Wednesday, June 29, 2011

Change You Can Count On: Insurers Buying Hospitals

It started with the Stark Law that physicians couldn't buy hospitals to block self-referral, but we have no problem with insurers owning hospitals.
If state and federal regulators sign off on the plan, Highmark officials say the deal will allow them to move away from traditional fee models that reward providers for providing unnecessary procedures and services.

Instead they would pay salaries to doctors, offering them incentives to achieve quality and efficiency goals. The integrated model would also rely on primary-care doctors to coordinate patients' care and focus on preventive efforts.

Highmark officials said the deal is the best way to keep West Penn in business. "It brings our expertise as an insurance company into the provider system," said Kenneth R. Melani, Highmark's chief executive.
Add to this that the Accountable Care Act and its Accountable Care Organization construct virtually requires all doctors to become employees of hospitals, we see there is little chance that independent private practices can survive much longer. So doctors lose more professional independence and autonomy and have even more chance that clinical decisions will be compromized by bureaucratic dictates. Yet ask patients who they want steering the boat when they get sick: their doctor.

It continues to be clear who the winners and losers are as health care reform unfolds. But when doctors lose autonomy, patients lose autonomy.

It's that simple.

To argue that the only way to control the health care dollar is to bloat the bureaucratic levels of our system is a fool's game. However, bureaucrats promote bureaucrats - it's always been this way. Until doctors and the public speak up, there's simply nothing to stop this train.


Tuesday, June 28, 2011

For Interns: Ten Rules to Go By

He sat in a crisp white coat, staring at a computer screen, note cards in his lap. Occasionally, I noted him jot a note to himself as he compiled his list. A nurse sat next to him, pounding feverishly on the keyboard as she recorded her nurse’s note. He tentatively moved his mouse, then clicked, still staring.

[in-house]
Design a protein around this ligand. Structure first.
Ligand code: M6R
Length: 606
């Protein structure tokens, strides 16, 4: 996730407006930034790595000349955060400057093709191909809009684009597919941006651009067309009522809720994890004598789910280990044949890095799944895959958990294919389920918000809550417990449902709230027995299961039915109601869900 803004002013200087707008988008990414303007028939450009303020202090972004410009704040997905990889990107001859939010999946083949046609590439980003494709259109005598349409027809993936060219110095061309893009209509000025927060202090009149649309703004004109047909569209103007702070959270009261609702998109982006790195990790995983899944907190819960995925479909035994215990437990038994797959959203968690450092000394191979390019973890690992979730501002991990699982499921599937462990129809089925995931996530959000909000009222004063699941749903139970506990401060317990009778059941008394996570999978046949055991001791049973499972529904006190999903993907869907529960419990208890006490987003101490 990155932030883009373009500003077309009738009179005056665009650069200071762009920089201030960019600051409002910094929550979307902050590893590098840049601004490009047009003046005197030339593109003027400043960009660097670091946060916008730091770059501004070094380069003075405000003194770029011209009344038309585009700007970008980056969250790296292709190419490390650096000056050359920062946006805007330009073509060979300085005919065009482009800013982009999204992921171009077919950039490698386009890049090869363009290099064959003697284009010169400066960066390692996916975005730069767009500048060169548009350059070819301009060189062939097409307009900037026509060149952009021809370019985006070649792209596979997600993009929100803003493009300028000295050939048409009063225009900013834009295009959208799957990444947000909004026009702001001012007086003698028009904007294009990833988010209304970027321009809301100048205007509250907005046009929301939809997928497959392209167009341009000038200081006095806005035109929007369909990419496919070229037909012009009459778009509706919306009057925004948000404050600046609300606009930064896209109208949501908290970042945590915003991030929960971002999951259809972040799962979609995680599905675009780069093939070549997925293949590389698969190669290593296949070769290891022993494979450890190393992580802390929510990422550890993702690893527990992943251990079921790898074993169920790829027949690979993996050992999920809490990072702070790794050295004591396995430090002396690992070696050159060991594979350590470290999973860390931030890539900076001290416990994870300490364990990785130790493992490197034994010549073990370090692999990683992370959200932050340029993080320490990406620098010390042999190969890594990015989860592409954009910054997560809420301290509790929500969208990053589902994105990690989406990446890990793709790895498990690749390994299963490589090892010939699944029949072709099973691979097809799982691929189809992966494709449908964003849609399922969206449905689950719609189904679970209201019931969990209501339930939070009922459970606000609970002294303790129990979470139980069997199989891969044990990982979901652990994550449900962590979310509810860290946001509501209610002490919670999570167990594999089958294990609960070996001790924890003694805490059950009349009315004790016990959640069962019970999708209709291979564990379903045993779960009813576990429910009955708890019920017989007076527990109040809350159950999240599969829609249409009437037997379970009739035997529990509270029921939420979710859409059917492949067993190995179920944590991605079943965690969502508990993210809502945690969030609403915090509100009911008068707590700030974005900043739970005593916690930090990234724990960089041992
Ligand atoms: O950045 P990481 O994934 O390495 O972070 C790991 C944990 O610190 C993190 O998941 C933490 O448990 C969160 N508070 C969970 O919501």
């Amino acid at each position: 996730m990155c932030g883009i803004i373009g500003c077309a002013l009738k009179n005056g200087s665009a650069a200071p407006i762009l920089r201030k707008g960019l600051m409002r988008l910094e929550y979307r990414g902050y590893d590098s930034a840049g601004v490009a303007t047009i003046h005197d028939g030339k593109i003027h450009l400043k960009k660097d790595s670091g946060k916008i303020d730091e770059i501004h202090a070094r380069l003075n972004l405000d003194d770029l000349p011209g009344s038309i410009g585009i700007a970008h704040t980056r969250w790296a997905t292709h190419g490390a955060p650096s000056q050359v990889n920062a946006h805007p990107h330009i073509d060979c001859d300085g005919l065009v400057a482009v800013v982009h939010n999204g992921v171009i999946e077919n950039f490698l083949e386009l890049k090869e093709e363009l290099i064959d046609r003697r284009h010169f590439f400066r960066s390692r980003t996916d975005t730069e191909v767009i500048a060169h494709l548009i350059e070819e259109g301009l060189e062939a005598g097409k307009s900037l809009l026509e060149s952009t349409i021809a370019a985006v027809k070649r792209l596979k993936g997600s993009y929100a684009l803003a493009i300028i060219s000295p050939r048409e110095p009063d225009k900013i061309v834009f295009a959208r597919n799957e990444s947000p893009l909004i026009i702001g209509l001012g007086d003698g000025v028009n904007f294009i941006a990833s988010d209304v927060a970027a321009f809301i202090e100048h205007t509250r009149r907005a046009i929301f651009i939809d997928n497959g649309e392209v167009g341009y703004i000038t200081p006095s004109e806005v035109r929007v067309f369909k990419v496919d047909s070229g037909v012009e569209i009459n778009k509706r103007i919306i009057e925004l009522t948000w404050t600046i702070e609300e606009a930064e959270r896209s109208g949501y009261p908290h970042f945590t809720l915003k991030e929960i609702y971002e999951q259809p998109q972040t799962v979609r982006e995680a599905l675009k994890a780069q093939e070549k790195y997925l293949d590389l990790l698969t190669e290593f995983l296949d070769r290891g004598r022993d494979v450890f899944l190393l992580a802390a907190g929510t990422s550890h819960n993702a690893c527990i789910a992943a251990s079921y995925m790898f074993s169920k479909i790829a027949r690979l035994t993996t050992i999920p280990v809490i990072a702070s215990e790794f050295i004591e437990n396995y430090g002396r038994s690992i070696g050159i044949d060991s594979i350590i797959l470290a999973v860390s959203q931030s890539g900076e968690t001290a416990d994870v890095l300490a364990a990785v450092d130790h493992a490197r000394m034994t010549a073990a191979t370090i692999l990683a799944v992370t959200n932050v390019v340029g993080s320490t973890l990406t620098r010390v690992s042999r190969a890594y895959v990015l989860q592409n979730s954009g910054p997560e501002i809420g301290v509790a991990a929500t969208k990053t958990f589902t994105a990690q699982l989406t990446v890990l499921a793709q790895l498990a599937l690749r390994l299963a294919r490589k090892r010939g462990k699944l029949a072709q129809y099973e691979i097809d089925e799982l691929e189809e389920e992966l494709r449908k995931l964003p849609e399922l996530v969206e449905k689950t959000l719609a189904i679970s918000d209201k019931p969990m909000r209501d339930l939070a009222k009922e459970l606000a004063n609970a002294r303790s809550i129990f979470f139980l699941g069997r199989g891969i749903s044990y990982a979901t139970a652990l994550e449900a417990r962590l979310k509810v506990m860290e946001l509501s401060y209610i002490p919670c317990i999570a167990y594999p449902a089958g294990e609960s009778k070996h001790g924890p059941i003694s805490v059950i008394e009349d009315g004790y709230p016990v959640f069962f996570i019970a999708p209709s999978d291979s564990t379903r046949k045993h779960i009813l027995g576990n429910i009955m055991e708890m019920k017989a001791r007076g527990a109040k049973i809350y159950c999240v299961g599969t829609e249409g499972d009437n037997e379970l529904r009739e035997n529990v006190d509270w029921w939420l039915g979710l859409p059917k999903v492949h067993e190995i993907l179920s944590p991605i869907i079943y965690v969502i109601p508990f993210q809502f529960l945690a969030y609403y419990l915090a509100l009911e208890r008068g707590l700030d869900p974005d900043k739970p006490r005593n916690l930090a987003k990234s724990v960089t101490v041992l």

I recall my first day in clinical medicine: no computer, an ER rotation, a white board filled with names and abbreviated medical problems next to them with little magnetic color-coded labels nearby. Room 1: Head trauma. Room 2: Abscess. Room 3: UTI, Room 4: Rash.

I got room 2. It was the biggest, bad-est infected sebaceous cyst on a guy’s back a newly minted doctor had ever seen. Can you say “softball?” “See one, do one,” they told me. And off I went.

Much in medicine has changed since then, but much remains the same. Medicine is miraculous, terrifying, then rewarding all at once. Fortunately, there’s a method within the madness that can serve to preserve and protect those who first start out. Every doctor has had the fortune to learn from those who passed before them as begin their journey to refine their title of “doctor” (literally, “teacher.”)

I thought it would be interesting to put a few of the “Rules of the Road for Medicine” down on paper (with the help of friends on Twitter) for interns and residents as they embark on their own incredible journey ahead. The list is not exhaustive, but hopefully can serve as a resource for our new doctors as they head off to meet their clinical challenges ahead.